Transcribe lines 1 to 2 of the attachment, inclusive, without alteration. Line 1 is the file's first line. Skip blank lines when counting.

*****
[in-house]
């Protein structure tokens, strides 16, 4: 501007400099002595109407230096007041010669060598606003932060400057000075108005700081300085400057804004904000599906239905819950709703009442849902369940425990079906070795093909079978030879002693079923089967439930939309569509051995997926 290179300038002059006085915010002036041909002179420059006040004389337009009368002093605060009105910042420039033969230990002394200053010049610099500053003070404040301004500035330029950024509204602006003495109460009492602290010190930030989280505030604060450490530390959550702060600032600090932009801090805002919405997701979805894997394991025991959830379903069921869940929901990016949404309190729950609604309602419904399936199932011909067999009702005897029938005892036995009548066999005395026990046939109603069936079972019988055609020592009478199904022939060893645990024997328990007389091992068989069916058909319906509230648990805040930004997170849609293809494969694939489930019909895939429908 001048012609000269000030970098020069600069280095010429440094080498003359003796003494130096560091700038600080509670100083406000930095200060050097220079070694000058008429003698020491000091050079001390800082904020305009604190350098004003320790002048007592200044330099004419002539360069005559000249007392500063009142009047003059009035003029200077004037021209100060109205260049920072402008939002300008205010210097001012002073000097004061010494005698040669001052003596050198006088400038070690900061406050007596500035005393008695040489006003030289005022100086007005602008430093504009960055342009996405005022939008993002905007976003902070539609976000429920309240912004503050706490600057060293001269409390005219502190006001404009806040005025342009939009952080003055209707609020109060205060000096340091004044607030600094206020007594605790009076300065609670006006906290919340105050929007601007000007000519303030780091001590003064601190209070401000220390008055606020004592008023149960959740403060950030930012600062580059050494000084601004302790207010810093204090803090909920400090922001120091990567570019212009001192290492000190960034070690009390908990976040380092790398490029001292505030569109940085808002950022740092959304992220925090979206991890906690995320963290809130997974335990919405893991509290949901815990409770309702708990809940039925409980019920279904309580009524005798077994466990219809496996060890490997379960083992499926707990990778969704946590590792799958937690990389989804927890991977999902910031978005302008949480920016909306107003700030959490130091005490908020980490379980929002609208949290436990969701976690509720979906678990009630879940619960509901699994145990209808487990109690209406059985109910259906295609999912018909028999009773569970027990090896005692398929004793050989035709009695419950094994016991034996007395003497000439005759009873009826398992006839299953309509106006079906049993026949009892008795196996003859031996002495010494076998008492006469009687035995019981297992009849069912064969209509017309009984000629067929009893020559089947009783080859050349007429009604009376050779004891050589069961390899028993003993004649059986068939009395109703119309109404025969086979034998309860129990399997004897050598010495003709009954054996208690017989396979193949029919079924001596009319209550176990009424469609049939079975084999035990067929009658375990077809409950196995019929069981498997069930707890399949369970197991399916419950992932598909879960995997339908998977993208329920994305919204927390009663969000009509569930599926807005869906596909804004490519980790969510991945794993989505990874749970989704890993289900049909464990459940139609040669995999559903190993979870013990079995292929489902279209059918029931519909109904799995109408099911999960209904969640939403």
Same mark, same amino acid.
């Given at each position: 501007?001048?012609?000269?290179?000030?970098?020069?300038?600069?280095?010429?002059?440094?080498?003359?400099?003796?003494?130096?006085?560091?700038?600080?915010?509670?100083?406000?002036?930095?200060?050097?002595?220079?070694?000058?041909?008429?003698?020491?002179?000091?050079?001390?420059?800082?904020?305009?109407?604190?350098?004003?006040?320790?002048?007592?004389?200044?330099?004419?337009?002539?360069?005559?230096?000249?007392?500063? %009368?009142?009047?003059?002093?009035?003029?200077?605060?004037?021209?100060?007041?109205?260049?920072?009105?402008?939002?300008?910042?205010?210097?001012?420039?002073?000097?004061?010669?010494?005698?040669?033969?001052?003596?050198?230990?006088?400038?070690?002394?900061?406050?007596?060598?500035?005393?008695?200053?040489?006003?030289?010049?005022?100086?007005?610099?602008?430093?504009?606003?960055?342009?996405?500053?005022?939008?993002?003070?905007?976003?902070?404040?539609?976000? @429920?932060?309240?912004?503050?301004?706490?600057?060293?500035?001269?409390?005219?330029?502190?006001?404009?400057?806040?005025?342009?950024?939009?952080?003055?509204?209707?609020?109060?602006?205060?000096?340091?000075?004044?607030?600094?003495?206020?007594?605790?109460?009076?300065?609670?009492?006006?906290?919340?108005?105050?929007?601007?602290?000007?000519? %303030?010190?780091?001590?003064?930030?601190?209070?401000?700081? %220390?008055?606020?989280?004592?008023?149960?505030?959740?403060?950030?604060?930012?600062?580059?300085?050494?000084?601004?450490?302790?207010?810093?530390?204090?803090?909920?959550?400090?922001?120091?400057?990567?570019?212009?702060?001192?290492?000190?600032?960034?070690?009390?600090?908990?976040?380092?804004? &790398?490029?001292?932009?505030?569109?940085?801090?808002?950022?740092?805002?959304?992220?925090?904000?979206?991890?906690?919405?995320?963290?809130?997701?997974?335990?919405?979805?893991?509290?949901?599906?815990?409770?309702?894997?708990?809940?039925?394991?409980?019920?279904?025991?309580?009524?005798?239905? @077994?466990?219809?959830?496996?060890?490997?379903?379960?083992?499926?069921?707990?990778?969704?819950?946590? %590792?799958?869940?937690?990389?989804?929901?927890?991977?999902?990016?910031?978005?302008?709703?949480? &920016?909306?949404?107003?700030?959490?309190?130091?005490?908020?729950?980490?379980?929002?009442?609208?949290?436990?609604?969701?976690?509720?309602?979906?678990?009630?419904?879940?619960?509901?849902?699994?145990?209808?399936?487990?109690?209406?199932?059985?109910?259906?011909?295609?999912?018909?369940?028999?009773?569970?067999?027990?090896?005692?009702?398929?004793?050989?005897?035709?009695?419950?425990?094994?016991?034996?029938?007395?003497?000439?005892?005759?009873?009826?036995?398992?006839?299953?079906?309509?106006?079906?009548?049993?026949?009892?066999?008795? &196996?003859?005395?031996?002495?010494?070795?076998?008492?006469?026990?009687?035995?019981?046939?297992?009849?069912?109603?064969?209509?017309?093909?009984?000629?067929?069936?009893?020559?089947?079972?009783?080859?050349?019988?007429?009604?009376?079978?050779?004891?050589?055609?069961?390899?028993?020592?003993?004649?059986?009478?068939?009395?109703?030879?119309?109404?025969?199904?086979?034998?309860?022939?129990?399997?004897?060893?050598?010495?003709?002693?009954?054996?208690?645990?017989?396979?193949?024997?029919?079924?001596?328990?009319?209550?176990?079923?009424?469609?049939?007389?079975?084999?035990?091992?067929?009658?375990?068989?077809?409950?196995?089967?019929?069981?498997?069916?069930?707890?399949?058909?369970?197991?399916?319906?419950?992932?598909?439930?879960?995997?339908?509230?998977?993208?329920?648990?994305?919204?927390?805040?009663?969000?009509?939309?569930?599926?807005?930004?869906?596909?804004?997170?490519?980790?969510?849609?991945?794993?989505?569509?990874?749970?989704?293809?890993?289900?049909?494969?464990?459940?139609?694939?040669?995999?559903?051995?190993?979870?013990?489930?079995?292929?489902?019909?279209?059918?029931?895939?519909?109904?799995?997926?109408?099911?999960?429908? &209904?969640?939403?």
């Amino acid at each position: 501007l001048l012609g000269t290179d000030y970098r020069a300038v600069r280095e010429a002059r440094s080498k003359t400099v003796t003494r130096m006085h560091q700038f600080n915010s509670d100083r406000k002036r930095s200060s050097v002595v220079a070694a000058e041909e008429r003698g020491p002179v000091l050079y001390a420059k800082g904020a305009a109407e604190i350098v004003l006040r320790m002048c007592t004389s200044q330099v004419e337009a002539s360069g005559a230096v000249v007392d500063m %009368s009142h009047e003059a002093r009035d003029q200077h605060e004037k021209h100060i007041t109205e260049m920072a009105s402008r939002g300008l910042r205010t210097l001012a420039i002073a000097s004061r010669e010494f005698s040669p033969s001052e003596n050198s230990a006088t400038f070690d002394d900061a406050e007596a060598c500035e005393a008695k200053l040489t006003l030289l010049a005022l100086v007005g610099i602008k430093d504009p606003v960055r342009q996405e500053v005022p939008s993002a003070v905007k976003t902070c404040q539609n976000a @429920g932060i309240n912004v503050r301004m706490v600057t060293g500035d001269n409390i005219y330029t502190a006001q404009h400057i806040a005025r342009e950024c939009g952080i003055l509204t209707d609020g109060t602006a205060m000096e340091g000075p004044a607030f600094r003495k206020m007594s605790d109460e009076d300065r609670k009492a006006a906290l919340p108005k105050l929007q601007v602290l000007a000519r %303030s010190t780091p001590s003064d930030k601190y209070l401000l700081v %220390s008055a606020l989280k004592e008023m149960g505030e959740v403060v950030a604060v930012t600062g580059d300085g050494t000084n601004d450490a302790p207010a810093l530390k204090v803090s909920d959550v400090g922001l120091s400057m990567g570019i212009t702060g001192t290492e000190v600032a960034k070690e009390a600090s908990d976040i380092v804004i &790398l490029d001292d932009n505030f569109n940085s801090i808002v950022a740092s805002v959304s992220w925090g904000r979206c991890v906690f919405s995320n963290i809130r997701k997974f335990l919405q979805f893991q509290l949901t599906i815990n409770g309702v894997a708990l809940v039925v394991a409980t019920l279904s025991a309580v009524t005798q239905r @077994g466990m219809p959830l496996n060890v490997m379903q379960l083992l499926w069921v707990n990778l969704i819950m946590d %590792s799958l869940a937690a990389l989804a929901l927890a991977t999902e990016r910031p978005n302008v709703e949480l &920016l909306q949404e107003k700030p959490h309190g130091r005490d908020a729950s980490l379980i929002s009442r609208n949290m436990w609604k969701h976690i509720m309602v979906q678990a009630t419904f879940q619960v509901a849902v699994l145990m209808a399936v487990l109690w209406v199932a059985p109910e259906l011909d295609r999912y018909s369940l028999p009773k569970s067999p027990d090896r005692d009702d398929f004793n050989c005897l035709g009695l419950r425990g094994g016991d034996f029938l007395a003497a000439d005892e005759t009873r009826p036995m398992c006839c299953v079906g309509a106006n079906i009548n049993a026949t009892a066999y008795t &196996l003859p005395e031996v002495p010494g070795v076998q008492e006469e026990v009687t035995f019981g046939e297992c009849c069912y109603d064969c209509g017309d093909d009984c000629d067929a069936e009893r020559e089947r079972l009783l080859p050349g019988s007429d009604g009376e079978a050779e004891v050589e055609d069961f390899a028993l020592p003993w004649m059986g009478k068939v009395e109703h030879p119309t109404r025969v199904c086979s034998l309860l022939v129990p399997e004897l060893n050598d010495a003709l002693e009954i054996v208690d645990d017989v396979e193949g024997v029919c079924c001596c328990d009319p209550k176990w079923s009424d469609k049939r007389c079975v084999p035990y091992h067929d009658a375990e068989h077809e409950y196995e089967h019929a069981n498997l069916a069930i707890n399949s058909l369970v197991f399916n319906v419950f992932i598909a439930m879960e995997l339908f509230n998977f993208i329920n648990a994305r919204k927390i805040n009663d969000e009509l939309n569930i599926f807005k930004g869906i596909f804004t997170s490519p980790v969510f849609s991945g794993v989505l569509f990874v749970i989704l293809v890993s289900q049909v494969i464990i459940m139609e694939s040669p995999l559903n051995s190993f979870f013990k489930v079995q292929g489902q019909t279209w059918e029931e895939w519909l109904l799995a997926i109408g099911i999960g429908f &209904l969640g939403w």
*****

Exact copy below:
[in-house]
């Protein structure tokens, strides 16, 4: 501007400099002595109407230096007041010669060598606003932060400057000075108005700081300085400057804004904000599906239905819950709703009442849902369940425990079906070795093909079978030879002693079923089967439930939309569509051995997926 290179300038002059006085915010002036041909002179420059006040004389337009009368002093605060009105910042420039033969230990002394200053010049610099500053003070404040301004500035330029950024509204602006003495109460009492602290010190930030989280505030604060450490530390959550702060600032600090932009801090805002919405997701979805894997394991025991959830379903069921869940929901990016949404309190729950609604309602419904399936199932011909067999009702005897029938005892036995009548066999005395026990046939109603069936079972019988055609020592009478199904022939060893645990024997328990007389091992068989069916058909319906509230648990805040930004997170849609293809494969694939489930019909895939429908 001048012609000269000030970098020069600069280095010429440094080498003359003796003494130096560091700038600080509670100083406000930095200060050097220079070694000058008429003698020491000091050079001390800082904020305009604190350098004003320790002048007592200044330099004419002539360069005559000249007392500063009142009047003059009035003029200077004037021209100060109205260049920072402008939002300008205010210097001012002073000097004061010494005698040669001052003596050198006088400038070690900061406050007596500035005393008695040489006003030289005022100086007005602008430093504009960055342009996405005022939008993002905007976003902070539609976000429920309240912004503050706490600057060293001269409390005219502190006001404009806040005025342009939009952080003055209707609020109060205060000096340091004044607030600094206020007594605790009076300065609670006006906290919340105050929007601007000007000519303030780091001590003064601190209070401000220390008055606020004592008023149960959740403060950030930012600062580059050494000084601004302790207010810093204090803090909920400090922001120091990567570019212009001192290492000190960034070690009390908990976040380092790398490029001292505030569109940085808002950022740092959304992220925090979206991890906690995320963290809130997974335990919405893991509290949901815990409770309702708990809940039925409980019920279904309580009524005798077994466990219809496996060890490997379960083992499926707990990778969704946590590792799958937690990389989804927890991977999902910031978005302008949480920016909306107003700030959490130091005490908020980490379980929002609208949290436990969701976690509720979906678990009630879940619960509901699994145990209808487990109690209406059985109910259906295609999912018909028999009773569970027990090896005692398929004793050989035709009695419950094994016991034996007395003497000439005759009873009826398992006839299953309509106006079906049993026949009892008795196996003859031996002495010494076998008492006469009687035995019981297992009849069912064969209509017309009984000629067929009893020559089947009783080859050349007429009604009376050779004891050589069961390899028993003993004649059986068939009395109703119309109404025969086979034998309860129990399997004897050598010495003709009954054996208690017989396979193949029919079924001596009319209550176990009424469609049939079975084999035990067929009658375990077809409950196995019929069981498997069930707890399949369970197991399916419950992932598909879960995997339908998977993208329920994305919204927390009663969000009509569930599926807005869906596909804004490519980790969510991945794993989505990874749970989704890993289900049909464990459940139609040669995999559903190993979870013990079995292929489902279209059918029931519909109904799995109408099911999960209904969640939403």